Depreciation is an annual income tax deduction that allows you to recover the cost of certain property over the time you use the property. It is an allowance for the wear and tear, deterioration, or obsolescence of the property.
In order to be “depreciable“, the property must meet all the following requirements:
- be used in a trade or business or income-producing activity.
- have a limited useful life (e.g., land would not qualify), and must be expected to last more than one year
- be property you own
You can depreciate most types of tangible property, such as buildings, machinery, vehicles, furniture, and equipment as well as certain intangible property, such as patents, copyrights, and computer software. You can depreciate leased property only if you retain the incidents of ownership in the property and permanent improvements you make to business property you rent from someone else.
The initial basis for depreciation purposes is cost of the asset; however, the lesser of cost or fair market value at conversion is used for personal assets converted to a business use.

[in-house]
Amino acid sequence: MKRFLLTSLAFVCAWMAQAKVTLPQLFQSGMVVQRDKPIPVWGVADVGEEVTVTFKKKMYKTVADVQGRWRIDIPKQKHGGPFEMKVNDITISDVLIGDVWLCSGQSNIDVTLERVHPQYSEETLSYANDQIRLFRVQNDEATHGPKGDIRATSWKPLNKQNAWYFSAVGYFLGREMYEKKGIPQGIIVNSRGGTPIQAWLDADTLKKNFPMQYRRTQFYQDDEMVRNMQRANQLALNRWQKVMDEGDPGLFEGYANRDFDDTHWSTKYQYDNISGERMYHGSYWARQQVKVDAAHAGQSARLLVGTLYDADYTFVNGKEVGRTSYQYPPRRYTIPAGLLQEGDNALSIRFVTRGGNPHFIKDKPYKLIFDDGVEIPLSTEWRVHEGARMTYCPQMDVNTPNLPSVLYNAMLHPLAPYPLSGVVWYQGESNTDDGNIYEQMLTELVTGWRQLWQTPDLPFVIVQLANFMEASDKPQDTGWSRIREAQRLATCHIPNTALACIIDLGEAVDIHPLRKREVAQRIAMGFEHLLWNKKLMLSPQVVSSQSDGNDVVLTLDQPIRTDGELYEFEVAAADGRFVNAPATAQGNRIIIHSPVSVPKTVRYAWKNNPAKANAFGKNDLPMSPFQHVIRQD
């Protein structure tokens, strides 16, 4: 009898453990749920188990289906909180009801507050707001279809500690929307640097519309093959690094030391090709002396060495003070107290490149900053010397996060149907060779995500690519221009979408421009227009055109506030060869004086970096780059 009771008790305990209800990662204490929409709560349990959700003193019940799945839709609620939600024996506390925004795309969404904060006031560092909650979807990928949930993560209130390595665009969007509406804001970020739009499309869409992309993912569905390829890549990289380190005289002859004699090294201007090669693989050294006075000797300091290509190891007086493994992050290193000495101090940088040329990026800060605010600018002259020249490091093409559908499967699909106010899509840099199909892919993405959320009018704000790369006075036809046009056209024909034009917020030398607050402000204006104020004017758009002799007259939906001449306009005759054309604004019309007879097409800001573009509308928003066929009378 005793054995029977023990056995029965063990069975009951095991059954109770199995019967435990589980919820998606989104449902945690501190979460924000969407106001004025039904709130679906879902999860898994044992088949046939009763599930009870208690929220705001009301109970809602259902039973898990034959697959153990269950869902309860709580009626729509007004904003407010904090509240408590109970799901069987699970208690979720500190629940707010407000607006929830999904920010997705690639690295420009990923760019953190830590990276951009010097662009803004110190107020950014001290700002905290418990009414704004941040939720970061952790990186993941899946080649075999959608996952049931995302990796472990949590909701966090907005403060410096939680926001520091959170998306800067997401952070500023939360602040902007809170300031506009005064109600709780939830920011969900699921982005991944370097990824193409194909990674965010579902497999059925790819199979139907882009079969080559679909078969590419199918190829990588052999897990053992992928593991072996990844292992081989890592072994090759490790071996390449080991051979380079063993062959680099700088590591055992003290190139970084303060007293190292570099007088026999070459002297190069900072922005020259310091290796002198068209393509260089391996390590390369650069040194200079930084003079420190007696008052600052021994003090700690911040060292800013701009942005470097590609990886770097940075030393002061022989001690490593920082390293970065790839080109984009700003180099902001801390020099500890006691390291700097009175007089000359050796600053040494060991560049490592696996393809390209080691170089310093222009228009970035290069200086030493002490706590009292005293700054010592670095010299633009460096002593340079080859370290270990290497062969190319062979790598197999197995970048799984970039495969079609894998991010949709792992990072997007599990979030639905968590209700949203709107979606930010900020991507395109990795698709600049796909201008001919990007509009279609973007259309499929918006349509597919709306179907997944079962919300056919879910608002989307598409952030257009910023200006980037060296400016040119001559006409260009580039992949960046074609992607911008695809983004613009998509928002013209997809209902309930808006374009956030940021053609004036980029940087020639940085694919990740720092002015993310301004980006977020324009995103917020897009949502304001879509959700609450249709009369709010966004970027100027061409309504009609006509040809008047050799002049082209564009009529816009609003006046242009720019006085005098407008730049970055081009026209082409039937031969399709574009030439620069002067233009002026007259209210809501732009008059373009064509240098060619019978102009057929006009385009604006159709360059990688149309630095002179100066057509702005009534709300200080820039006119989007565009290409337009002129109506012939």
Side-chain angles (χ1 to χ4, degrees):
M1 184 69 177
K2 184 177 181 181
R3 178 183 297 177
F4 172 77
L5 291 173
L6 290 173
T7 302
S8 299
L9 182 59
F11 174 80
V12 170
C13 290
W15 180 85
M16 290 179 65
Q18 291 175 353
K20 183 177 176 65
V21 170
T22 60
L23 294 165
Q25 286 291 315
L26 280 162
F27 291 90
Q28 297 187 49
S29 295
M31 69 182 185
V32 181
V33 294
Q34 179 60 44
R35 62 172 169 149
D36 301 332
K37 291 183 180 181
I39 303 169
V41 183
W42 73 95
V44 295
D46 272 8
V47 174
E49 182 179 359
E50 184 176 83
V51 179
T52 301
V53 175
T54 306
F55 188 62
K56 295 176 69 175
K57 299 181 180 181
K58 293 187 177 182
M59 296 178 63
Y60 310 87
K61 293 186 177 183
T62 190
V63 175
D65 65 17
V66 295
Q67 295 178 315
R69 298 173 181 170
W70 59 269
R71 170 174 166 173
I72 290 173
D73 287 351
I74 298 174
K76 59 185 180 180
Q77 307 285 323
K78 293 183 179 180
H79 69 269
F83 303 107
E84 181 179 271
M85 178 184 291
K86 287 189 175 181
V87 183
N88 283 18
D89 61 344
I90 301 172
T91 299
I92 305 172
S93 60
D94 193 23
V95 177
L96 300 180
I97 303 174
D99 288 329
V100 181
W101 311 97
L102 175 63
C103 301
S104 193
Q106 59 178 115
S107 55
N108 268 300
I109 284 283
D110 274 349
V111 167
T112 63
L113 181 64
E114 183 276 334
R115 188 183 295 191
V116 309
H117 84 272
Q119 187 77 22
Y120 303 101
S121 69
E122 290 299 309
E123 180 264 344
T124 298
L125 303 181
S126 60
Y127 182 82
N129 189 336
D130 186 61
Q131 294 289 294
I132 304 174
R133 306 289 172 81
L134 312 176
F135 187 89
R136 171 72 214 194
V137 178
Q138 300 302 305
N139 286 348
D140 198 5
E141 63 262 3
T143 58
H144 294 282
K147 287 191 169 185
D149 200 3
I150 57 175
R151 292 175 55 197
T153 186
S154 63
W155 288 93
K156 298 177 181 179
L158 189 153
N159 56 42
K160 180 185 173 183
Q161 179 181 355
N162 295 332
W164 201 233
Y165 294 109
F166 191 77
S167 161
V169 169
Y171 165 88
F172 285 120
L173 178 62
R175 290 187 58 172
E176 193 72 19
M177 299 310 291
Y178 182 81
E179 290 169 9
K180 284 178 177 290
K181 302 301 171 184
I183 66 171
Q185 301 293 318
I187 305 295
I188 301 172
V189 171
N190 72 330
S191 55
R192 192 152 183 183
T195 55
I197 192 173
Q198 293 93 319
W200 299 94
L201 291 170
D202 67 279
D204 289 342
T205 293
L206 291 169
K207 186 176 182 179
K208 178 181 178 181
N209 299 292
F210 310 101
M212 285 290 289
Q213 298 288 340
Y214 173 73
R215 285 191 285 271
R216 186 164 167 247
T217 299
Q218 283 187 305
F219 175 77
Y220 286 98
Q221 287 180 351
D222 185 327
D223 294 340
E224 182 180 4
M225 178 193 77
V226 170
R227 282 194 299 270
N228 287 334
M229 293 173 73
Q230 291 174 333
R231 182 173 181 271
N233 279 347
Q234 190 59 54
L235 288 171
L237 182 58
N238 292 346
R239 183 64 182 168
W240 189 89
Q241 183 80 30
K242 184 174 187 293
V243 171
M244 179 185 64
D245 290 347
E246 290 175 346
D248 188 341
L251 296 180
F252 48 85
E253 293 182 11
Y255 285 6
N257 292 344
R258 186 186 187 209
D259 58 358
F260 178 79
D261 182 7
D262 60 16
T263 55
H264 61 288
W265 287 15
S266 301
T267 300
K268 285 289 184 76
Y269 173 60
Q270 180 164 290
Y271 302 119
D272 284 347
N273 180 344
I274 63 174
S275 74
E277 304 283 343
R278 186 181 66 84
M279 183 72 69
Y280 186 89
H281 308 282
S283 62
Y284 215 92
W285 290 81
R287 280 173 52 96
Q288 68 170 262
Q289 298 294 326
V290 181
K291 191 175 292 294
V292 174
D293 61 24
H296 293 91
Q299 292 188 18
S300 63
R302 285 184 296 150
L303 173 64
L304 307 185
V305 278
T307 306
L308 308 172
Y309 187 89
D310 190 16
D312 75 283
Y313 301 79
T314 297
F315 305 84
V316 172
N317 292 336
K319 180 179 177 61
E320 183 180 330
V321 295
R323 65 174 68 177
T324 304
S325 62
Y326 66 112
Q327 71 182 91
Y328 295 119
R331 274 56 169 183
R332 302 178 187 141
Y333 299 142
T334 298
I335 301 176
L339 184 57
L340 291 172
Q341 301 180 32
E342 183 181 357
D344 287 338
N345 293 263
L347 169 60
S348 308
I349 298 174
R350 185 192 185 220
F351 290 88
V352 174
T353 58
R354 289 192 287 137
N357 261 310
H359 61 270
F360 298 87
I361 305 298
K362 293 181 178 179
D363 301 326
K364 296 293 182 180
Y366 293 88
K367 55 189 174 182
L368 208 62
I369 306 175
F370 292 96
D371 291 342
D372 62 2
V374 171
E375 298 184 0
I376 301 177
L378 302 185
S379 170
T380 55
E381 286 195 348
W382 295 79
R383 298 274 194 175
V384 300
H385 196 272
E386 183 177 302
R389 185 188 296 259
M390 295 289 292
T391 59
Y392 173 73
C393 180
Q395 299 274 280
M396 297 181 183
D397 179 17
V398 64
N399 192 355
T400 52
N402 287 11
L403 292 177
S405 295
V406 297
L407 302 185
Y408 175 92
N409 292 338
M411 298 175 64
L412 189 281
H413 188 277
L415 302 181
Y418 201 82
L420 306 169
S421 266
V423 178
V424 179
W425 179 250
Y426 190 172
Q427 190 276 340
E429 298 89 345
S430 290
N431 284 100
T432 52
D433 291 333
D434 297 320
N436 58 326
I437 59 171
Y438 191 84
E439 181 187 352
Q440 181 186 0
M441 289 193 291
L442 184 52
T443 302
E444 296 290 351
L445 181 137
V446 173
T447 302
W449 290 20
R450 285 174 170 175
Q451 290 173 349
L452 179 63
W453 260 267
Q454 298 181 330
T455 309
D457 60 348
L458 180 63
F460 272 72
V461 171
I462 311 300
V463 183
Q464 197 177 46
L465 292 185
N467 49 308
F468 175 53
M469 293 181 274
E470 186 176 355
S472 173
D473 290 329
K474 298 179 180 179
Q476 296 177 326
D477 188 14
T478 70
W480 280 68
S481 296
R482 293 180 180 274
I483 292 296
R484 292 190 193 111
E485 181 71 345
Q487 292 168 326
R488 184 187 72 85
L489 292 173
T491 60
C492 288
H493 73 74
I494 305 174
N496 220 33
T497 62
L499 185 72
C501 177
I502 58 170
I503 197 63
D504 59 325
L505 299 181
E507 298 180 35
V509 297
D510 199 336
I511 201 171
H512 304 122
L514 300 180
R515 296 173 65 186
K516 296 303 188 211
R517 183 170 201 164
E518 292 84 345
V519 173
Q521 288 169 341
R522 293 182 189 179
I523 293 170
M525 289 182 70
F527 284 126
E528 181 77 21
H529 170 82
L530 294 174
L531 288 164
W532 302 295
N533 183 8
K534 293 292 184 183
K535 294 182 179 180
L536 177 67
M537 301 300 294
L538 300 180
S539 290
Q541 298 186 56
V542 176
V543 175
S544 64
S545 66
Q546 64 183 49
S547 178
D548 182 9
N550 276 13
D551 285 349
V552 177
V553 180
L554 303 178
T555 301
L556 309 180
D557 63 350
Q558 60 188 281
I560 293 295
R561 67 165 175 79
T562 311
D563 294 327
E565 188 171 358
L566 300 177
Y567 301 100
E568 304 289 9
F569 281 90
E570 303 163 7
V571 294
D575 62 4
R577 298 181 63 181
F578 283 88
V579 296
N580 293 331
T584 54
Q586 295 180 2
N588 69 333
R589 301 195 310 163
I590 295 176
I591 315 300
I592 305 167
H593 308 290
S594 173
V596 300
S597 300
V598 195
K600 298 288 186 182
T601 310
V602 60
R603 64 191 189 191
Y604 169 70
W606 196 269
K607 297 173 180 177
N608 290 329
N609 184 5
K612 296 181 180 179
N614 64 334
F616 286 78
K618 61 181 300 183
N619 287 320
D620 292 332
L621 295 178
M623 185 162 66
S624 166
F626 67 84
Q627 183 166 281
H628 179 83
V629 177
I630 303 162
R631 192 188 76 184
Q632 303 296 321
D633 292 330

You must use the Modified Accelerated Cost Recovery System (MACRS) to depreciate most property. Taxpayers can also benefit from the 50% bonus depreciation. Please note that the bonus depreciation will decrease to 40% in 2018, 30% in 2019 and will no longer be a tax benefit starting in 2020.
See also tax reform
I created this blog to help understand certain basic aspects of U.S. tax law. Of course, each situation is unique and nothing that is on this site will ever replace the expert advice of a tax professional.
Please do not hesitate to contact me should you have any question